Property : Pole in one
Plenty of development activity, a fast-growing tourism industry and cool new cities are all reasons to take a good look at Poland
BY SHANE MCGINLEY
Since Poland joined the EU in 2004, Poles have been crossing borders to find work, travel and see the world. Polish communities have become commonplace across Ireland, Britain and most of western Europe. But what most of us don’t know, is that Poland itself has become the fifth most-popular holiday destination on the Continent, after France, Spain, Italy and the UK, generating nearly €30 billion in tourist revenue. By 2012, Poland’s Institute of Tourism expects annual visitor numbers to top 20 million.
Incredible beaches along the Baltic coast, ski slopes in the Carpathian Mountains, Unesco
World Heritage Sites and buzzing cities are proving the big attractions for European tourists. The majority of these are German, which is not surprising as average incomes in Poland are about a fifth of Germany’s – making the country a bargain break destination that is also close by.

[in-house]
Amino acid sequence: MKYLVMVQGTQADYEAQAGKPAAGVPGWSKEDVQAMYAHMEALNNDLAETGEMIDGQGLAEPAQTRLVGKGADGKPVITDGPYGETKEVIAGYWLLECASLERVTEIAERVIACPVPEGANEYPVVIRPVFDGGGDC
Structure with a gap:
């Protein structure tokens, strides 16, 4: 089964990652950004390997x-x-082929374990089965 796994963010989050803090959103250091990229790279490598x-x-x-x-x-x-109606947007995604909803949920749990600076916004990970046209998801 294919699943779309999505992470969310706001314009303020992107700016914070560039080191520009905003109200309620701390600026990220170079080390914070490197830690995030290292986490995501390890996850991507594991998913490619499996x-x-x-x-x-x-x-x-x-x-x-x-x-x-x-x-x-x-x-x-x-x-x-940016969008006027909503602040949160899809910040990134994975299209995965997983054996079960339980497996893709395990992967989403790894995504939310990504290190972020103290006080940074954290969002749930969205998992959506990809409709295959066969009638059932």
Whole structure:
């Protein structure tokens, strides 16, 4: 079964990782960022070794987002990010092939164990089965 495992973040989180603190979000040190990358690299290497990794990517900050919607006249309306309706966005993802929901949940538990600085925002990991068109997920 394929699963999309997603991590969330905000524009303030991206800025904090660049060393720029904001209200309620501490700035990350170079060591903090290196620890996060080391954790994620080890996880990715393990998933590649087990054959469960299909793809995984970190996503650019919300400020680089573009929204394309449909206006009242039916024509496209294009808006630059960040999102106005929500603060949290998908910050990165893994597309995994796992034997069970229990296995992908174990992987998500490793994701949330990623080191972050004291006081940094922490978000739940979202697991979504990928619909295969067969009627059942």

Poland will get a further boost in 2012 when, along with Ukraine, it will host the UEFA European Football Championship. Games are expected to take place in Chorzów, Warsaw, Poznan, Wroclaw, Gdansk and Krakow. Hosting such an event requires major development in infrastructure, and the EU has promised to pump €55 billion into the Polish economy between 2007 and 2013.
This EU support, combined with strong economic growth and direct foreign investment, has seen the Polish property market become one of the most dynamic in Europe. The UK’s Royal Institution of Chartered Surveyors (RICS) found that prices for new apartments in Warsaw and the major cities soared by 2.3 times their value during the first three years after Poland joined the EU.
However, the latest RICS report found that while overall price growth was 28% in 2007, the first part of the year was characterised by the normal high growth, whereas demand during the latter part of the year was hit by the changing global market and a slowing of growth. Polish agent Mamdom reported that in the first quarter of 2008 this readjustment was evident, and prices dropped by between 0.5% and 1.7% in the big cities, except for Gdansk where prices rose 1.3%.